The federal government's Joint Agency Coordination Centre (JACC), which is overseeing the search, in a statement said 10 military planes, four civil jets and nine ships will scour for the plane that disappeared on March 8.
The search will focus on three areas within the same vicinity in the Indian Ocean. The first aircraft left for the search area early this morning.
A total of 26 State Emergency Service (SES) volunteers from Western Australia, New South Wales and Victoria will work as air observers on three of the civil aircraft.
"The other civil aircraft will operate as a communications relay," the statement said.
Fair weather is forecast for the search area on Friday, with visibility around 10 kilometres and a cloud base between 1000 and 2000 feet, JACC said.
The Australian Transport Safety Bureau continued to refine the area where the aircraft entered the water based on continuing ground-breaking and multi-disciplinary technical analysis of satellite communication and aircraft performance, passed from the international investigative team comprising analysts from Malaysia, US, UK, China and Australia.

MH370 'black box' ship due in search zone

Australian navy vessel Ocean Shield, which is fitted with a US-supplied "black box" detector, was on Friday expected in the area being scoured for wreckage of Flight MH370 as 14 planes continued the arduous search.
Nearly a month after the Malaysia Airlines jet carrying 239 people vanished authorities still have no idea how or why it crashed and warn that unless the black box is found, the mystery may never be solved.
But finding the flight data recorder using the towed pinger locator on Ocean Shield appears increasingly remote with officials warning that without a confirmed crash site, hopes of recovering the device are slim in the vast and unpredictable southern Indian Ocean.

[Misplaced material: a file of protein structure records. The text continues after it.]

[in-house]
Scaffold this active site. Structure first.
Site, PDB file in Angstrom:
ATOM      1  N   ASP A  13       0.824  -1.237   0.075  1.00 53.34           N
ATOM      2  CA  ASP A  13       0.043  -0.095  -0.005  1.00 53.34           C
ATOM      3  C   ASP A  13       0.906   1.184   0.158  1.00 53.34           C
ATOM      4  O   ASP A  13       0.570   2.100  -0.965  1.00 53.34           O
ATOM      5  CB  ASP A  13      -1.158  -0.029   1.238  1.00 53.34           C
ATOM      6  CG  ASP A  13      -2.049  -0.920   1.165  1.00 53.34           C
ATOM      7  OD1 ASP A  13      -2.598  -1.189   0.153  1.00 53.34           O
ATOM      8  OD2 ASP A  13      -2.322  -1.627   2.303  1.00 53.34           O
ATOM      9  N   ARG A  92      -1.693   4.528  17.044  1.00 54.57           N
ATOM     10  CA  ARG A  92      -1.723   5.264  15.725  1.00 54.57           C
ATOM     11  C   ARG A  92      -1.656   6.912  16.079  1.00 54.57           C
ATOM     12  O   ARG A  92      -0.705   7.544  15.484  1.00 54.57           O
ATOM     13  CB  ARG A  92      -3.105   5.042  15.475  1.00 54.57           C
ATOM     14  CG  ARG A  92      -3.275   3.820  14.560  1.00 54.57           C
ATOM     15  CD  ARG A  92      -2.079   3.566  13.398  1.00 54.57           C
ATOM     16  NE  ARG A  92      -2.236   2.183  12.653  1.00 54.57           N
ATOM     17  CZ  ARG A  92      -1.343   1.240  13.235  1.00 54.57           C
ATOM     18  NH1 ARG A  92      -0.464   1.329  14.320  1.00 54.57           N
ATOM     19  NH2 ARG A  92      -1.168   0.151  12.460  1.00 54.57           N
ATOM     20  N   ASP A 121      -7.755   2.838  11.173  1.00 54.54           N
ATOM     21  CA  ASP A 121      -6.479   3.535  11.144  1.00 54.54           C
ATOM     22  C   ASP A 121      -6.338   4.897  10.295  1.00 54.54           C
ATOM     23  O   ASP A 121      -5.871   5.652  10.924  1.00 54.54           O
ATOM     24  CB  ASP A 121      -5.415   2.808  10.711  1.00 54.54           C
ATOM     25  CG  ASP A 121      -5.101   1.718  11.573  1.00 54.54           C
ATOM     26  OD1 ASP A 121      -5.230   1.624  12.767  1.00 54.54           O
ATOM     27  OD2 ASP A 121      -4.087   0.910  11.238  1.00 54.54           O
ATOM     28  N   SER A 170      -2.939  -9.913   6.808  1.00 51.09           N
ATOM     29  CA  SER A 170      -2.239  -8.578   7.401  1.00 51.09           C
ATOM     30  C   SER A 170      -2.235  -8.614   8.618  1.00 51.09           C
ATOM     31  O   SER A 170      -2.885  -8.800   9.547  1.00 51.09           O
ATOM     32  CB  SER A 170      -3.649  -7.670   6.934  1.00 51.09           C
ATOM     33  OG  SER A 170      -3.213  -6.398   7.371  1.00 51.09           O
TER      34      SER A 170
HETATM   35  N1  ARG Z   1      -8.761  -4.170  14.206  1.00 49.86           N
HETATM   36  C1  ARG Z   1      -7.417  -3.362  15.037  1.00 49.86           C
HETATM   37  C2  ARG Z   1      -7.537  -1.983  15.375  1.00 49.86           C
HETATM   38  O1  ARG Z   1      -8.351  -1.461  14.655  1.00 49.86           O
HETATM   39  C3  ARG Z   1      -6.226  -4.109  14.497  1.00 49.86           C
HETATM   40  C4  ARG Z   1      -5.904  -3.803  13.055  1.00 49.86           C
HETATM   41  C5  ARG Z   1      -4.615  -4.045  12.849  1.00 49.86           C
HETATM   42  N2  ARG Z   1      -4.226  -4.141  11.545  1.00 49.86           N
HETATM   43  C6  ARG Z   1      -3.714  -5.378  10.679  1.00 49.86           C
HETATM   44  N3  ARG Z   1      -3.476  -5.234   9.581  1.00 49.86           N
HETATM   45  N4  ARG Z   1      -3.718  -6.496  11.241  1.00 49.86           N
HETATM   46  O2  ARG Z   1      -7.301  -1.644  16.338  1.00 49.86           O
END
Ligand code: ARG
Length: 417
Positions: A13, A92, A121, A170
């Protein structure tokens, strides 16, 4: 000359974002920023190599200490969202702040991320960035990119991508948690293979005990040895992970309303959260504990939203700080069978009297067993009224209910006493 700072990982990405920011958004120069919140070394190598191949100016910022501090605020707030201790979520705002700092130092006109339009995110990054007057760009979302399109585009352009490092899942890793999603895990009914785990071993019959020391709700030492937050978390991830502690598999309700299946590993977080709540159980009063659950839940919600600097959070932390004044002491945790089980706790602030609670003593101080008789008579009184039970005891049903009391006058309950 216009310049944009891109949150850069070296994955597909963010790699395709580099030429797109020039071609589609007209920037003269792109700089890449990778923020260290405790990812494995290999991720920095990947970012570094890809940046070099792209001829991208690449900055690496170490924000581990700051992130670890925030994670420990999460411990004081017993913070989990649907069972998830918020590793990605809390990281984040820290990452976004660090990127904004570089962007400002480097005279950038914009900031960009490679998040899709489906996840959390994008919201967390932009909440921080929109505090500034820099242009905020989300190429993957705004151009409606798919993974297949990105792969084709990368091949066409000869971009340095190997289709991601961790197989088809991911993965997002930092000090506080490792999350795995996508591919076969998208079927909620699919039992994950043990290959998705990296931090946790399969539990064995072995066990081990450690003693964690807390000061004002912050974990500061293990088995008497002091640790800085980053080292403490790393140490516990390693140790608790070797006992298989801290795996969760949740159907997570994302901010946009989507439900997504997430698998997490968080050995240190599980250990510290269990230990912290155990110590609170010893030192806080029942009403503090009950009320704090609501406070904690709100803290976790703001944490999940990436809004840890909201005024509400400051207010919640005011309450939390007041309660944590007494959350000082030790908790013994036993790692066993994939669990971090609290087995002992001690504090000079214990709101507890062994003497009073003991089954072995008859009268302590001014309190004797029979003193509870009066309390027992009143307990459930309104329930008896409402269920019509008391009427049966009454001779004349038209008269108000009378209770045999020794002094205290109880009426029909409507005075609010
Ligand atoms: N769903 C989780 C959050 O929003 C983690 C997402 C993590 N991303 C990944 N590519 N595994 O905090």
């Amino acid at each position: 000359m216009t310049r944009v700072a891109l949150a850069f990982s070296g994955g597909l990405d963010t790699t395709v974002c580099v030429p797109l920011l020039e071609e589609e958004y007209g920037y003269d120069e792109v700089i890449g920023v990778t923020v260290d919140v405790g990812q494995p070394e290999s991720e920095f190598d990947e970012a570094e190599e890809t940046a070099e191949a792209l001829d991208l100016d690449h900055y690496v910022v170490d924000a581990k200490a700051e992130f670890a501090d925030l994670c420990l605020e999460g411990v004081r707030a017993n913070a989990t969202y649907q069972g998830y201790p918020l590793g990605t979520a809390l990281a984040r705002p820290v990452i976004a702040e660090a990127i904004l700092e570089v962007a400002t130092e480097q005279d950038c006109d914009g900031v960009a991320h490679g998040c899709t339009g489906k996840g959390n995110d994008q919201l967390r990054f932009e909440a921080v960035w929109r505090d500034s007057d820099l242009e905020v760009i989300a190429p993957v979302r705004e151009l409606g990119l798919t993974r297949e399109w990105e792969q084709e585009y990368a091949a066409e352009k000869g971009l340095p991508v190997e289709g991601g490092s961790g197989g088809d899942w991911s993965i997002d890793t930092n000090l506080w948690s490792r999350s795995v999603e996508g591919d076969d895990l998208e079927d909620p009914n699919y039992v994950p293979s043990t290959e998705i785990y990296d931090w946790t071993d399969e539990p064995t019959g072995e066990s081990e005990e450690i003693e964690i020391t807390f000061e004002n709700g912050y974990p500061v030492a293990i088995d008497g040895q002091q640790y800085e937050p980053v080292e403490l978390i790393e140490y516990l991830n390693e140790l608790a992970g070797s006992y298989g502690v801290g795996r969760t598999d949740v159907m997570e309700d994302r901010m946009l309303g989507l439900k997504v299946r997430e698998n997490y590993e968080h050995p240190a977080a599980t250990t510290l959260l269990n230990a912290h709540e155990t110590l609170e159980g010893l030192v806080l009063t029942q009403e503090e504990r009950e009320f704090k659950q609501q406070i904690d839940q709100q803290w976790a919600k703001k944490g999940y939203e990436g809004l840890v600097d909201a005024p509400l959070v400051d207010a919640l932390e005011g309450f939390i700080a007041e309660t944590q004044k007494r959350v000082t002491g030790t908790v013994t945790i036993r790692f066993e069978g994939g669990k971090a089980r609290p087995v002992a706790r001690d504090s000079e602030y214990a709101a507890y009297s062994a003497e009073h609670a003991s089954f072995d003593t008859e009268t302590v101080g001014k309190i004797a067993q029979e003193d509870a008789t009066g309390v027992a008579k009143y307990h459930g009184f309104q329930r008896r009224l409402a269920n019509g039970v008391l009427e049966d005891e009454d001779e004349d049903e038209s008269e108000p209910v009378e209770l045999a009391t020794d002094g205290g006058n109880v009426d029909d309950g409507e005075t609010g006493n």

Time is also ticking with the battery-powered signal from the black box expected to expire within days. Ocean Shield left Perth on Monday evening for the three-day voyage to the search zone.
The British navy's hydrographic ship HMS Echo is already in the area and spent scouring for sonic transmissions from the flight data recorder on Thursday.
"One alert was experienced but discounted. False alerts may be experienced from biological sources such as whales or interference from shipping noise," the Perth-based Joint Agency Coordination Centre (JACC) said.
‘We will give plane families closure’

Leaders of the two countries heading multinational efforts to solve the mystery of Malaysia Airlines Flight 370 pledged that no effort would be spared to give the families of those on board the answers they need.

Najib, whose government has been harshly criticized by some victims' families for giving sometimes conflicting information about the flight and for the slow pace of the investigation, said everyone involved in the search is thinking of the families of victims who are waiting desperately for news.
"I know that until we find the plane, many families cannot start to grieve. I cannot imagine what they are going through. But I can promise them that we will not give up. We want to provide comfort to the families and we will not rest until answers are indeed found. In due time, we will provide a closure for this event," he said.


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